Marxist philosophy is a creative, developing science and not a parcel of immutable, petrified principles taken on trust. It does not stand still, but moves forward, keeping abreast of the continuously changing life and is daily enriched by the latest achievements in society’s historical development and in natural science.
Marxist philosophy arose at a time when capitalism was ascending and social development was relatively slow and tranquil. The historical situation changed radically at the turn of the 20th century. Capitalism passed into its last, imperialist, stage, and economic and political contradictions became particularly acute. The period of relatively peaceful development ended with the advent of imperialism and gave way to social storms and revolutions.
This period, characterised by a radical break-up of social relations, coincided in time with a revolution in natural science. The discovery of the electron, radioactivity and other major scientific achievements overturned the old conceptions of matter and its properties because metaphysics regarded them as final and immutable.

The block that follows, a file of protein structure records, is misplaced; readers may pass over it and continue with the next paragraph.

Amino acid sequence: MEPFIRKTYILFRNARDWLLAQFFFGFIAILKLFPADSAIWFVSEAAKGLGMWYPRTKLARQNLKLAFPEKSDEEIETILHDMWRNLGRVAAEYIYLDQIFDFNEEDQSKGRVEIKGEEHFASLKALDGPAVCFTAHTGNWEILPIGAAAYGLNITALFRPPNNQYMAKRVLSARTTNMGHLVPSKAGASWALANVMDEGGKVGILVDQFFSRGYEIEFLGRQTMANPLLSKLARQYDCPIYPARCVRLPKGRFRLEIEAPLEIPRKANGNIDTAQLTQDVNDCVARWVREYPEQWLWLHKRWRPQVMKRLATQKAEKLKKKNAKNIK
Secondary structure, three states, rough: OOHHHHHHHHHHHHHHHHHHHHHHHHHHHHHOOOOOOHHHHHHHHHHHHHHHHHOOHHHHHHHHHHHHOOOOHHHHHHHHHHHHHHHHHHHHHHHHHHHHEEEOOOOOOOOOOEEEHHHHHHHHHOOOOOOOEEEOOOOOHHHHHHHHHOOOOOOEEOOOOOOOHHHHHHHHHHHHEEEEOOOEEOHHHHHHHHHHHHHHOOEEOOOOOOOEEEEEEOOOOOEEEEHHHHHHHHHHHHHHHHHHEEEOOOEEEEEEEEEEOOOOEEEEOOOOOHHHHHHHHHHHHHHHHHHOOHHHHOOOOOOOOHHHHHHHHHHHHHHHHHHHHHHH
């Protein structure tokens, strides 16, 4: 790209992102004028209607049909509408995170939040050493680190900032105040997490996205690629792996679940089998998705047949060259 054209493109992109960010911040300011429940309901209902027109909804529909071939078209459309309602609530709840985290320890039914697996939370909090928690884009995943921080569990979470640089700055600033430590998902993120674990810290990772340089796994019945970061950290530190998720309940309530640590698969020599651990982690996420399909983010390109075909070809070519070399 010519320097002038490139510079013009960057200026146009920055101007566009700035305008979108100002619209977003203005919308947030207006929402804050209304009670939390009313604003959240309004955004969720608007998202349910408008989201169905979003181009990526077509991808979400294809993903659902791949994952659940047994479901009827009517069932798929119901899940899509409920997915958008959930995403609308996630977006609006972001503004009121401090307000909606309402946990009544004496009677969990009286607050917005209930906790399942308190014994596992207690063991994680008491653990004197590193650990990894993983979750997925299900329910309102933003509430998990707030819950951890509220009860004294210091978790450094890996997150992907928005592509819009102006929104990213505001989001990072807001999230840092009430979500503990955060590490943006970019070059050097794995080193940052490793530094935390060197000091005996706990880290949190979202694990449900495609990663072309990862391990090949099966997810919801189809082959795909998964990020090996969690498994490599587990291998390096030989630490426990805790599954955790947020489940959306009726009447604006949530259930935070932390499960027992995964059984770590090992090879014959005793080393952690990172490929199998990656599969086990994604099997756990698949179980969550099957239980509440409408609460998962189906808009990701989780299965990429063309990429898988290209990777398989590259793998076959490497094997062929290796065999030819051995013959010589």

Obviously, these new conditions necessitated the creative development of Marxist philosophy. It was imperative to generalise the newly-acquired experience of the proletariat’s revolutionary struggle and the latest achievements of natural science, all the more so because the forces hostile to Marxism became more active and intensified their attacks on dialectical and historical materialism, the theoretical foundation of the working class’s world outlook.
At the end of the 19th century the centre of the international working-class movement began to shift to Russia where the first bourgeois-democratic revolution of the epoch of imperialism with the proletariat as its hegemon was maturing, and objective prerequisites for its development into a socialist revolution were taking shape. Russia became the birthplace of Leninism. Leninism is Marxism of the new historical epoch, the epoch of imperialism and proletarian revolutions, the epoch of the transition from capitalism to socialism and the building of communist society. Therefore, it is not fortuitous that the further creative development of Marxist philosophy is indissolubly bound up with the name of the leader of the Russian and international proletariat, Vladimir Lenin (1870–1924). His contribution to Marxist philosophy is so great and multifarious that it constitutes a stage, an epoch in the history of philosophical thought.